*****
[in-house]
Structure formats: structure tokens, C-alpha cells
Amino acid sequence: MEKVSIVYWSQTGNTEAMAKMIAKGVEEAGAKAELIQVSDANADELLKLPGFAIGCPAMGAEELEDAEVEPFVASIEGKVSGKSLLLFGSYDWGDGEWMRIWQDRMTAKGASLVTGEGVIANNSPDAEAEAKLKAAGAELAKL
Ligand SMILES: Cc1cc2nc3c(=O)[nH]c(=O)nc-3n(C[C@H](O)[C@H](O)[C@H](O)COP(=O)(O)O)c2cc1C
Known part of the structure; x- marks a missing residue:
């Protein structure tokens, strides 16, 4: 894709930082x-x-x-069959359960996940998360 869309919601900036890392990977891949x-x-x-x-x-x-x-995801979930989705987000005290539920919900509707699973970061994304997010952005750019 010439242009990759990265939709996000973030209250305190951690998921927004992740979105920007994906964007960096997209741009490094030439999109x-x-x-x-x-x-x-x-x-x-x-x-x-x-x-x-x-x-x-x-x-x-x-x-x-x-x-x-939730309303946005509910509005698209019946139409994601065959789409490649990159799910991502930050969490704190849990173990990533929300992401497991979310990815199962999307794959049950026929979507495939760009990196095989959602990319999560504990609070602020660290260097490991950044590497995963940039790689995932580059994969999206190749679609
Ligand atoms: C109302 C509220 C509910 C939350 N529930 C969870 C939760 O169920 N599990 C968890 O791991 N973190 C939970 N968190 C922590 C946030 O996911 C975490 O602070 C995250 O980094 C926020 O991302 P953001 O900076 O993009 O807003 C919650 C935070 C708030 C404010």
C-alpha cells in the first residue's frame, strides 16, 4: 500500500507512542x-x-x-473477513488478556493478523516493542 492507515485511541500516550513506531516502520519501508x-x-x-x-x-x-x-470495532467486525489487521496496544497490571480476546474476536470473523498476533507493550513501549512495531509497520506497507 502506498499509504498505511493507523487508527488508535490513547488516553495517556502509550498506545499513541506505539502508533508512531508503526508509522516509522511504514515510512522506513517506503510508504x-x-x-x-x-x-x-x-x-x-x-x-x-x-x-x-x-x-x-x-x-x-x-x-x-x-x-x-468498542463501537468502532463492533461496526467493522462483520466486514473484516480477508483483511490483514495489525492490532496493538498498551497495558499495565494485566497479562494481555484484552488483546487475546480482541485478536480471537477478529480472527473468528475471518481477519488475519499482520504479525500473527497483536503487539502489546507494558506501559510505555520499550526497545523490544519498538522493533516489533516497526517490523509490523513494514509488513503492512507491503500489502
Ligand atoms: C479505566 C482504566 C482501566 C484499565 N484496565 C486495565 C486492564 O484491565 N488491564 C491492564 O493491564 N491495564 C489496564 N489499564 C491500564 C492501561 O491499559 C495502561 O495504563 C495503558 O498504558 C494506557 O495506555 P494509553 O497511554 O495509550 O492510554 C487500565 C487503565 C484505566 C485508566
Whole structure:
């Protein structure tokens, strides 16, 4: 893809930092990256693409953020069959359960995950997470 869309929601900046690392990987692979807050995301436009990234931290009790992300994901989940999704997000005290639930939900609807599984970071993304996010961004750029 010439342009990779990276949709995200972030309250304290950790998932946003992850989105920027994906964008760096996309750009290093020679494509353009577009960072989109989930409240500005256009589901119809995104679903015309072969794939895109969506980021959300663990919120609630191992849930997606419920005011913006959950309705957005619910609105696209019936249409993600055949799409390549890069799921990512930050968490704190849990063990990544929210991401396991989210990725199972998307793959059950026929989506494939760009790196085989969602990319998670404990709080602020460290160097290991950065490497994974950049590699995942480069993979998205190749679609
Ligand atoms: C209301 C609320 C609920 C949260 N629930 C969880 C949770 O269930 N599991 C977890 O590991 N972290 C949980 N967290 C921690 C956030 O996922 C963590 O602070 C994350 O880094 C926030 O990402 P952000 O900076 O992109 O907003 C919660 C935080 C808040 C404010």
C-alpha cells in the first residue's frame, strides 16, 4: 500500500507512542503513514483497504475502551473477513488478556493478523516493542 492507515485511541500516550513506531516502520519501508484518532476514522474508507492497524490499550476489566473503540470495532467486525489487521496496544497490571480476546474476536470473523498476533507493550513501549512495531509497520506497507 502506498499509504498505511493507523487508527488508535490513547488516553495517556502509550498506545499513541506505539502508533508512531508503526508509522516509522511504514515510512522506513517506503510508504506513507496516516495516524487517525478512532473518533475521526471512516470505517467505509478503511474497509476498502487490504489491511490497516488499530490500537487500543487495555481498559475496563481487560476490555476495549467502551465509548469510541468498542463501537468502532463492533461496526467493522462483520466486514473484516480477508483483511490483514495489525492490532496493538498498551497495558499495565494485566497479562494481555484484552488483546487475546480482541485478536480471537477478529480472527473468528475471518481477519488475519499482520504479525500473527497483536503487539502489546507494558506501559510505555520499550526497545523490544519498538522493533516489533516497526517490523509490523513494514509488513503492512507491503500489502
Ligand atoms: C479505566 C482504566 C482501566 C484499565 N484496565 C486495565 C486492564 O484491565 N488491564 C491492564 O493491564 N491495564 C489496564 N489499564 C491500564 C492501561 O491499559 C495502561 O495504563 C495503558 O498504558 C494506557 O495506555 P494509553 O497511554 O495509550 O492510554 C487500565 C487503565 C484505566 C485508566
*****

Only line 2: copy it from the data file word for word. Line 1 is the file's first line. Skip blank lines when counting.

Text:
Structure formats: structure tokens, C-alpha cells